Of course it makes perfect sense.  Oh, and in the midst of all of that... I discovered that Jules and Shannon and I are on page 30 of  "The Gospel According to Oprah" published in 2005, and I'm trying to decide if I'm courageous enough to attend a writer's workshop in New York in May.

I'm worried that Sammy might have a health issue because he seems subdued.  How do you know if a critter that is content sleeping 16 hours a day is subdued?  A feeling.

So Self, these few random bits of today are safely recorded, freeing space in that internal hard drive for tomorrow's random bits.  Raggedy Ann is probably dry and if I hurry, I can get the screens back in the windows and the curtains dried in time for dinner.

Isn't it fun to know that more than likely we can do this all over again tomorrow and all the while feel immense gratitude for the gift of another ordinary day.

February 2

Today was glorious.  I think it reached sixty something with a bright blue sky and high, billowy clouds lazily moving through.  It's the kind of day that makes your heart sing in February and decide that you can take whatever winter has left as long as you get to savor this taste of spring.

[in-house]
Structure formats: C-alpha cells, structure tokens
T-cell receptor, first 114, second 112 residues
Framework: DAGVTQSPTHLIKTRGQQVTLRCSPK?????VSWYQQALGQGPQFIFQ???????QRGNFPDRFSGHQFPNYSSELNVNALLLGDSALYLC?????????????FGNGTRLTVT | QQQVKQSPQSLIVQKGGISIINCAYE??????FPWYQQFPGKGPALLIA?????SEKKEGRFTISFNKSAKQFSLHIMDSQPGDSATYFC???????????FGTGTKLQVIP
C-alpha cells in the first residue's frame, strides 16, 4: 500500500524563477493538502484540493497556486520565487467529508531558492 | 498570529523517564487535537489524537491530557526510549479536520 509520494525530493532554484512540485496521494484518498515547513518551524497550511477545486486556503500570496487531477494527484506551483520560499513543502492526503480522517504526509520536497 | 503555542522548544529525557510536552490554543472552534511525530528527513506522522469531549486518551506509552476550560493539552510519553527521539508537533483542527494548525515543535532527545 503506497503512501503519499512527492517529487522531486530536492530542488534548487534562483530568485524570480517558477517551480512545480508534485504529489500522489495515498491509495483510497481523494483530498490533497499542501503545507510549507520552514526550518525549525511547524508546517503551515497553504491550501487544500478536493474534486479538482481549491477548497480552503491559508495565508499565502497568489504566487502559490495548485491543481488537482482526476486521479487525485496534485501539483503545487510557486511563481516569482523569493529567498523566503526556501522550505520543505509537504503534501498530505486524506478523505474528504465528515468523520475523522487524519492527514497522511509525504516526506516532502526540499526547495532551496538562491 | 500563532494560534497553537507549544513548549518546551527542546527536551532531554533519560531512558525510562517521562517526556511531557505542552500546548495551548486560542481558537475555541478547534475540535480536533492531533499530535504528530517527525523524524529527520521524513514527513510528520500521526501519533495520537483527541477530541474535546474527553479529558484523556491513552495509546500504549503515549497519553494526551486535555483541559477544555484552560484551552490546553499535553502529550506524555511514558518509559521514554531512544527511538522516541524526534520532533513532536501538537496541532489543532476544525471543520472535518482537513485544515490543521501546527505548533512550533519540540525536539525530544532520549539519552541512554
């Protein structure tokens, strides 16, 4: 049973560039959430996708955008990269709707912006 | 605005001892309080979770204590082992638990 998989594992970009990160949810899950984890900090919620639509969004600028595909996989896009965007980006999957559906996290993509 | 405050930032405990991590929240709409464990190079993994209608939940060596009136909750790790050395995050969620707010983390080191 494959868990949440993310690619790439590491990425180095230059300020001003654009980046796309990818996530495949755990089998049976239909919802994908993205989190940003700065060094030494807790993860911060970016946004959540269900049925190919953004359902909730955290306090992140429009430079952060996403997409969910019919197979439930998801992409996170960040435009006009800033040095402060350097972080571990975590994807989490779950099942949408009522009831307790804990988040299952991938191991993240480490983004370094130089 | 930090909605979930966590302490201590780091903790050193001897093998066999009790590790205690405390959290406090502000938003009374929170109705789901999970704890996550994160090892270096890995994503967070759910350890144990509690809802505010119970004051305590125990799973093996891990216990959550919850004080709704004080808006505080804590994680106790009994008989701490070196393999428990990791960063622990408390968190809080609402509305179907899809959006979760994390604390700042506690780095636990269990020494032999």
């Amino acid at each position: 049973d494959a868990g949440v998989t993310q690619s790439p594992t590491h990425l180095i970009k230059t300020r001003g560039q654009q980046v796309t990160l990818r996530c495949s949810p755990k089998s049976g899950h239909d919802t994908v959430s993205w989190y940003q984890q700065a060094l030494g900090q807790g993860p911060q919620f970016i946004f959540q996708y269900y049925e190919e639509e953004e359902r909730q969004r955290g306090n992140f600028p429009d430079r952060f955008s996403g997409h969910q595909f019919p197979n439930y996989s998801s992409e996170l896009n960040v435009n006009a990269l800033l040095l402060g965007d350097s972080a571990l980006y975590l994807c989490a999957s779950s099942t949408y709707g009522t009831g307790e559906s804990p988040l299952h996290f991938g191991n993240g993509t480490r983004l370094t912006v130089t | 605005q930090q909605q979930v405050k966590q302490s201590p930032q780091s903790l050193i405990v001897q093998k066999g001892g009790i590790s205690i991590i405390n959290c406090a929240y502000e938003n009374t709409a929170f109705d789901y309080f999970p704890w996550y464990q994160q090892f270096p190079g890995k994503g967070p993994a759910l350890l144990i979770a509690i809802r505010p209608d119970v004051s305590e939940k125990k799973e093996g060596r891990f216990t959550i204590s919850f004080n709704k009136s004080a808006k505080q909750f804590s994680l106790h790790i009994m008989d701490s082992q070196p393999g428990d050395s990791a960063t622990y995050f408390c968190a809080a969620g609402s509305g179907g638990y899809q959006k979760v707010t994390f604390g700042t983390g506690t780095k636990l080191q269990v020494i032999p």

As most of you know, Shannon's first car was a GTO convertible.  Not the typical car for a petite sixteen year old girl but as long as it had wheels she was delighted.  Jules and his friend Bill and Bill's sons, worked tirelessly to turn a black sad shell of a car into the shiny purring vehicle that seemed as big as a tank and equally as safe for our brand new driver.

Gto8 When Shannon graduated from High School and started college, we found a smaller car, pale blue, a Grand Am, newer, more economical, and her journal is full of entries extolling her gratitude for long drives with the windows down and safe trips and not having to drive in the rain... but what if she had been driving the GTO that day?  What if she had been in the van?  What if the car had been newer with air bags?  What if she had left earlier?  Or later?  What if they had fixed the road two years earlier instead of two years later?

The truth is... that day unfolded exactly as it was intended.  Shannon was with Gram.  She planned to leave early but then decided to stay for lunch.  She planned to leave right after lunch but had an allergy attack.  Planned to leave as soon as her nose stopped running but a thunder storm came up.  She left as soon as the thunder storm passed and then ran right into it ... right into the chaos of two other drivers who had driven right into it and off the road.  She wasn't speeding, although people who didn't have enough to do whispered that she was driving so fast that she hit the tree fifteen feet off the ground.  She wasn't eating or drinking or talking or texting ... she was buckled in and at that critical moment drove off of the highway to avoid the other accidents.  Wet pavement, muddy ditches, standing water, deeply rooted trees and my Shannon was gone.

But only in the ways that I was used to.  And she was determined to let me know that in Heaven there are no limits to the ways.